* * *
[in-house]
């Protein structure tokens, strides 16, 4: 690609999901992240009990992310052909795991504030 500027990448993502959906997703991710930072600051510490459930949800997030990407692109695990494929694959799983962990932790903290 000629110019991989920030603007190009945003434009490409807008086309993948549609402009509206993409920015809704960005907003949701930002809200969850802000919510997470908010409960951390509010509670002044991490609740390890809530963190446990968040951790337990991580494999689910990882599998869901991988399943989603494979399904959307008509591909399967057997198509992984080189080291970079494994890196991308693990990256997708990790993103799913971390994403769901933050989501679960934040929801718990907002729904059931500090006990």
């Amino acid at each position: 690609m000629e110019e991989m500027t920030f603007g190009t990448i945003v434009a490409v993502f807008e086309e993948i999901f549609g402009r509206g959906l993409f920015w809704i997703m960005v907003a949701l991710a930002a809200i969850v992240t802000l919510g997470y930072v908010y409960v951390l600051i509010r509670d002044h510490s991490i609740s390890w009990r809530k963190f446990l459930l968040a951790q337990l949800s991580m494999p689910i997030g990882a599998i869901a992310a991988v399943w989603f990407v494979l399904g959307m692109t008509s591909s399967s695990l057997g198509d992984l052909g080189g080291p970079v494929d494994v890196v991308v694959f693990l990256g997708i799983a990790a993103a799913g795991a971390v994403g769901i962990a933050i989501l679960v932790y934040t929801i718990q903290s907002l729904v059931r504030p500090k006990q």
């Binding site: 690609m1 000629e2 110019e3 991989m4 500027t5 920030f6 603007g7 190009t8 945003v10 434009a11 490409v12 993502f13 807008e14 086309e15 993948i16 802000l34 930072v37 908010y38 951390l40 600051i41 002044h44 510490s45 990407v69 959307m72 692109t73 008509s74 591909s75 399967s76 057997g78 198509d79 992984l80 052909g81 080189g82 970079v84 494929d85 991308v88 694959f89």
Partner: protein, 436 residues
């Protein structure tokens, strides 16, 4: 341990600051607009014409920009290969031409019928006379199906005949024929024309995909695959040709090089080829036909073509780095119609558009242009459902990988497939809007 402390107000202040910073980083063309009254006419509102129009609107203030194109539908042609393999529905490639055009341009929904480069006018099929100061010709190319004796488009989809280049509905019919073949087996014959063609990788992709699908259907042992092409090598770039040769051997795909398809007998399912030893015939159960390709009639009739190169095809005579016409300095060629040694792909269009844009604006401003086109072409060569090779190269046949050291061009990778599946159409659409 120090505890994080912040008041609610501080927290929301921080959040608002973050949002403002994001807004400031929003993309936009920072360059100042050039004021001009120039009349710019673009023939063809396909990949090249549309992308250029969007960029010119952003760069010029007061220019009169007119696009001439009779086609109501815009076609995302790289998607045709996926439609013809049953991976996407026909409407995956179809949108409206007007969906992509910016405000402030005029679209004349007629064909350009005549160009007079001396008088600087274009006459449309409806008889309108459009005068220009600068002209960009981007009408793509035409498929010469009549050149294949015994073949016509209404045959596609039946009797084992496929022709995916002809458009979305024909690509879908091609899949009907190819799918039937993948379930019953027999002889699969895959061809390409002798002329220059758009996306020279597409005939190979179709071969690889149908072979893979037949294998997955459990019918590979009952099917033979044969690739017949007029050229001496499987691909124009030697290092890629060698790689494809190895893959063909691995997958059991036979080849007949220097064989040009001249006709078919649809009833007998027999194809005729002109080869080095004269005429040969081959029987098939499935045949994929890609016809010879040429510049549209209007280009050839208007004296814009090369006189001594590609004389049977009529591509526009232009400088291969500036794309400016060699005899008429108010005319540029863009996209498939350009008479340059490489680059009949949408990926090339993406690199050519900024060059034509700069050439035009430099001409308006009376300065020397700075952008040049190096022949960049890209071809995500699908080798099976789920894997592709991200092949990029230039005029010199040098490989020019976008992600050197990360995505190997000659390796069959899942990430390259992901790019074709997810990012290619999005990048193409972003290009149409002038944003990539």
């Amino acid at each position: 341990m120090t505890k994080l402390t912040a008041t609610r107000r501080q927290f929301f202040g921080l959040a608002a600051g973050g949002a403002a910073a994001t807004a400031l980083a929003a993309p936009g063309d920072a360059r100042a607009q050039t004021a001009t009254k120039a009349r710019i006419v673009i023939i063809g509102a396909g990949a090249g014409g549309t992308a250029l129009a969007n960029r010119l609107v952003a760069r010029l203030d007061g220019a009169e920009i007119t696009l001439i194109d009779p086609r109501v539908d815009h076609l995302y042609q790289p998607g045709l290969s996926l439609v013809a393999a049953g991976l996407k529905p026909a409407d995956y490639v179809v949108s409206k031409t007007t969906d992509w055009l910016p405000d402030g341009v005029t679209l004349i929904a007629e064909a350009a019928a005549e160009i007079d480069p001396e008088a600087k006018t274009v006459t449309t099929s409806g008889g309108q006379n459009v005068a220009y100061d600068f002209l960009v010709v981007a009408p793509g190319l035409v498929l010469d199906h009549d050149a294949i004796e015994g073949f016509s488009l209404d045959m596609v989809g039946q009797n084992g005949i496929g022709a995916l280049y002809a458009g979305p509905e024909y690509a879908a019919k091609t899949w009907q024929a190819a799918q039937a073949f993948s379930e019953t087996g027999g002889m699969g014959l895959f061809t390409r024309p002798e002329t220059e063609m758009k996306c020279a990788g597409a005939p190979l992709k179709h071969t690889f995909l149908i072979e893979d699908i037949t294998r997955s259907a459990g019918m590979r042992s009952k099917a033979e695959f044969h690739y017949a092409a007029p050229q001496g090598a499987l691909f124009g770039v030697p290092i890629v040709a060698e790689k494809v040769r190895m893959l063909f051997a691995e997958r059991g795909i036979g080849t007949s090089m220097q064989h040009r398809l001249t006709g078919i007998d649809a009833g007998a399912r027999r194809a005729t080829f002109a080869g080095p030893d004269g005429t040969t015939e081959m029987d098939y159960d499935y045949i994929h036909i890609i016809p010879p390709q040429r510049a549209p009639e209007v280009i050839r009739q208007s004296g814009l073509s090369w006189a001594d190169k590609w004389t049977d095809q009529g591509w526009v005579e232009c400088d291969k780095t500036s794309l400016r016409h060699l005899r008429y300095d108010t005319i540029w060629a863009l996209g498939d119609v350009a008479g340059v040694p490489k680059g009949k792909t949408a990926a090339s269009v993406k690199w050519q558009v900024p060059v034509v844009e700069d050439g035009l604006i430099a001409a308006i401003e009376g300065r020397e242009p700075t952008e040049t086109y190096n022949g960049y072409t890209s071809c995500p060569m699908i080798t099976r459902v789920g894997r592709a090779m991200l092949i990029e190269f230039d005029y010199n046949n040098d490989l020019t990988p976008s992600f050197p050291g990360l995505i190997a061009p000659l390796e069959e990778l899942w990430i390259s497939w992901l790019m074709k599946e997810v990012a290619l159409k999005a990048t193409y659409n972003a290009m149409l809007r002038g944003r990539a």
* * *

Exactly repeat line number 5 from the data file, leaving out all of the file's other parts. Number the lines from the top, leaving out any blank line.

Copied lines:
Partner: protein, 436 residues